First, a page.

Former HP Exec Now CEO Of Networking Start-up S2io

Company to debut 10G Ethernet wares

Dave Zabrowski, formerly a top executive in Hewlett-Packard Co.'s PC operations group, has left the company to head S2io Technologies, a start-up specializing in 10G bit/sec. Ethernet products for corporate networks.

Zabrowski will be president and CEO of S2io, which early next year plans to introduce network interface cards (NIC) that use the 10-Gigabit Ethernet standard. The Cupertino, Calif.-based company aims to bring the Ethernet interconnects between data centers and enterprise LANs and WANs up to speed with high-speed I/O technologies that are now emerging inside data centers, Zabrowski said.

Zabrowski said the process of merging HP with Compaq Computer Corp. gave him an impetus to leave, although the 16-year HP veteran noted that he had been seeking a more entrepreneurial opportunity before the acquisition.

Zabrowski was vice president and general manager of HP's personal computing organization in Roseville, Calif. In that role, he said, he was responsible for commercial desktops, notebooks and handheld computers, as well as servers based on Intel chips and Windows, for North America.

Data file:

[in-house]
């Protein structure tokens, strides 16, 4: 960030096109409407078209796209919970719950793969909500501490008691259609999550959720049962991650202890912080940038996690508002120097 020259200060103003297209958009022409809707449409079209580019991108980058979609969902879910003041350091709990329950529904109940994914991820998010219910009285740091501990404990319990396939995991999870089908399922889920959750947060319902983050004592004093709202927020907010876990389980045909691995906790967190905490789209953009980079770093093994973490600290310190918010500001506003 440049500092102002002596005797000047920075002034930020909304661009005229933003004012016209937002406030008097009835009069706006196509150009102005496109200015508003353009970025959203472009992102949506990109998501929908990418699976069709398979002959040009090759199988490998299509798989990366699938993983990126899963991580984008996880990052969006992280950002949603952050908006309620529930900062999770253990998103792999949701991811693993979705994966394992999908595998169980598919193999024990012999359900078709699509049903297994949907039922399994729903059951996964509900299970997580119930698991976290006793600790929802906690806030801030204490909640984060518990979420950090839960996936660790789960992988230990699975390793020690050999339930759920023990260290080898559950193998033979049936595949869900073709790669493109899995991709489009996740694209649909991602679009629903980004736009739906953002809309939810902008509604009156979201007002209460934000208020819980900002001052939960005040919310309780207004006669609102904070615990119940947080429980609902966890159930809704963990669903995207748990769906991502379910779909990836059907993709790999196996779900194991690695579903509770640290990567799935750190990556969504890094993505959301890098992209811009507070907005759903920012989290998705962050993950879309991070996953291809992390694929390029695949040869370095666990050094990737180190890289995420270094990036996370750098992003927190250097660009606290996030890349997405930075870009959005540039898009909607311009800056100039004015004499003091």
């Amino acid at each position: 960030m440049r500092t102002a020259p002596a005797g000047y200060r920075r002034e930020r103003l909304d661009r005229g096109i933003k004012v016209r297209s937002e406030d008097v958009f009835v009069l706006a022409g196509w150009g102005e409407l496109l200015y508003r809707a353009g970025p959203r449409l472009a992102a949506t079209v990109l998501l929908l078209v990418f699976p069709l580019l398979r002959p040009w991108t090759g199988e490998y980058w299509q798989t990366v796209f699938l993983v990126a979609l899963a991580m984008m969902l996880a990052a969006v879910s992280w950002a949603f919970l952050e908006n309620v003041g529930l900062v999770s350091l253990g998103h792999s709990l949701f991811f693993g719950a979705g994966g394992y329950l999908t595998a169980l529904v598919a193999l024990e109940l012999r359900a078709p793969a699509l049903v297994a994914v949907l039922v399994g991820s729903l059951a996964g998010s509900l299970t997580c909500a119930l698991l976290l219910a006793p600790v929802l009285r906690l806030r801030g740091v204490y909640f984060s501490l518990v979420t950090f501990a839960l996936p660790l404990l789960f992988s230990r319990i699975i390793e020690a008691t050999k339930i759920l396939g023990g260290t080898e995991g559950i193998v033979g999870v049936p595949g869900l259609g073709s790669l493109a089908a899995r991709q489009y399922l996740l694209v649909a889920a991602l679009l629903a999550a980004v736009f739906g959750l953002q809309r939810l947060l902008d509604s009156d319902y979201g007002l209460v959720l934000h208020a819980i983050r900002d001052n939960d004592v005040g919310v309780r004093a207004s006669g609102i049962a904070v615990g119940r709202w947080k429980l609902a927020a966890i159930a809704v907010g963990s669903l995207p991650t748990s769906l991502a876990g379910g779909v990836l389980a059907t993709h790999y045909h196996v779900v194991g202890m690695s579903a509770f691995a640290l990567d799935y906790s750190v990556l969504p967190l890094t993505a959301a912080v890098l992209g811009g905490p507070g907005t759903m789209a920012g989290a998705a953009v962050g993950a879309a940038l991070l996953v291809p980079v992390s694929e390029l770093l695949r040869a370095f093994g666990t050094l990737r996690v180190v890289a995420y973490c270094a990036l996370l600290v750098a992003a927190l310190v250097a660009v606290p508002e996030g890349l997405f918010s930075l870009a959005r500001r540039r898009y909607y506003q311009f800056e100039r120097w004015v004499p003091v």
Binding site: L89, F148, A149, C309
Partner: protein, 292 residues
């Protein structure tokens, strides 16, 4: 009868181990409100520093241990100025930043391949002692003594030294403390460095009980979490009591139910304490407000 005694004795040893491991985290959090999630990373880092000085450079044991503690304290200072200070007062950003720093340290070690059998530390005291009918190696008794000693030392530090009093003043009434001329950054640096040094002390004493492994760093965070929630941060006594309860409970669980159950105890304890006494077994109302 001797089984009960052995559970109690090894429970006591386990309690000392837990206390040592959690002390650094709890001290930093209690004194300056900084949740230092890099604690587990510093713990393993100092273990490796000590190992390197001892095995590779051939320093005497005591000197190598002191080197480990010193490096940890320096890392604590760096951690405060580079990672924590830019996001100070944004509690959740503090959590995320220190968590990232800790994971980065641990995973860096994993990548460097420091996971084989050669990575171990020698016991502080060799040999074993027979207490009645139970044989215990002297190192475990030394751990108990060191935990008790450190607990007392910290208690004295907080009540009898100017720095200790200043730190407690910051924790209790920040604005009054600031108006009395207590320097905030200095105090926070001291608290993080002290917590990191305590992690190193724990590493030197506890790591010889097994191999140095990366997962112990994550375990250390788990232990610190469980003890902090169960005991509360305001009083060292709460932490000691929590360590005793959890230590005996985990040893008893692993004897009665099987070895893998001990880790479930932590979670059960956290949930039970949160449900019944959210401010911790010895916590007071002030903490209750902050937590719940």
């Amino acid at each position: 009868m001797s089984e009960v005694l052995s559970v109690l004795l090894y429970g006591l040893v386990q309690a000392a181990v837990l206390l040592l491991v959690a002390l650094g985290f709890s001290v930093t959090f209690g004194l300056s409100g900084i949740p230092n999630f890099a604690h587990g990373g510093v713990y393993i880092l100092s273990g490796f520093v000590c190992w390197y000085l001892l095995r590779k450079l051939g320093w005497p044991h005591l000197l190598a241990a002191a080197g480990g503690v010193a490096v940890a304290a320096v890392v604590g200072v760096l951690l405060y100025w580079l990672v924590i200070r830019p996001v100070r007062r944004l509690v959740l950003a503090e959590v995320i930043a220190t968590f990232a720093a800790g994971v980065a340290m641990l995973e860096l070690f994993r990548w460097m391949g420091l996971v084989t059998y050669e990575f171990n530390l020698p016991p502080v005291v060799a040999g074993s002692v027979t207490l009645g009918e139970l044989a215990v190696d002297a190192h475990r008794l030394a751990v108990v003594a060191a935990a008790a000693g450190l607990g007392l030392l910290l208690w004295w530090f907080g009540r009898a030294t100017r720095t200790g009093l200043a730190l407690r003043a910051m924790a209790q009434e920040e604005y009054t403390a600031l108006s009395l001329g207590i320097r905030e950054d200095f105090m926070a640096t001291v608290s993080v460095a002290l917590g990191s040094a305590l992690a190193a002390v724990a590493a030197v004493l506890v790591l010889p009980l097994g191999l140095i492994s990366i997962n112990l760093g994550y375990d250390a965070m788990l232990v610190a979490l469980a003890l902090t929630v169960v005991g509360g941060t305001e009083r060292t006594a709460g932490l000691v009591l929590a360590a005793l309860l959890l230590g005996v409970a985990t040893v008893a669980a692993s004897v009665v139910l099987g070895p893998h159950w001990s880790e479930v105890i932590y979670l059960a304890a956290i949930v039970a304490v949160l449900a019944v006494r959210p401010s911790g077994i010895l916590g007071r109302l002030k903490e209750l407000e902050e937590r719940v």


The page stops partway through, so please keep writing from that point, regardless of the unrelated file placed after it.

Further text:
"With the merger with Compaq, there were decisions made as to which products and which businesses were going to be Compaq-led and which would be HP-led, and market positions tended to dominate those decisions, [and in the PC organization] most of those posts went to Houston," he said, referring to Compaq. Zabrowski added that he agreed with those decisions.

"For me, the timing was convenient," said Zabrowski, who left HP earlier this month.

S2io has developed its own application-specific integrated circuit (ASIC) for 10G bit/sec. Ethernet and intends to sell NICs built around that ASIC under its own name. The company is also considering other arrangements involving the use of its technology, he said.

S2io was founded last September and currently has about 40 employees.

Intel Corp. earlier this year demonstrated a 10G bit/sec. Ethernet NIC and said it expected to ship the product in volume to server makers by the end of next month. Intel's aggressive move into the new technology, which included massive investments and acquisitions to develop optical networking components, doesn't scare Zabrowski.

"If the customers say we have superior technology, we will be in a leading position," he said.

Lawson writes for the IDG News Service.

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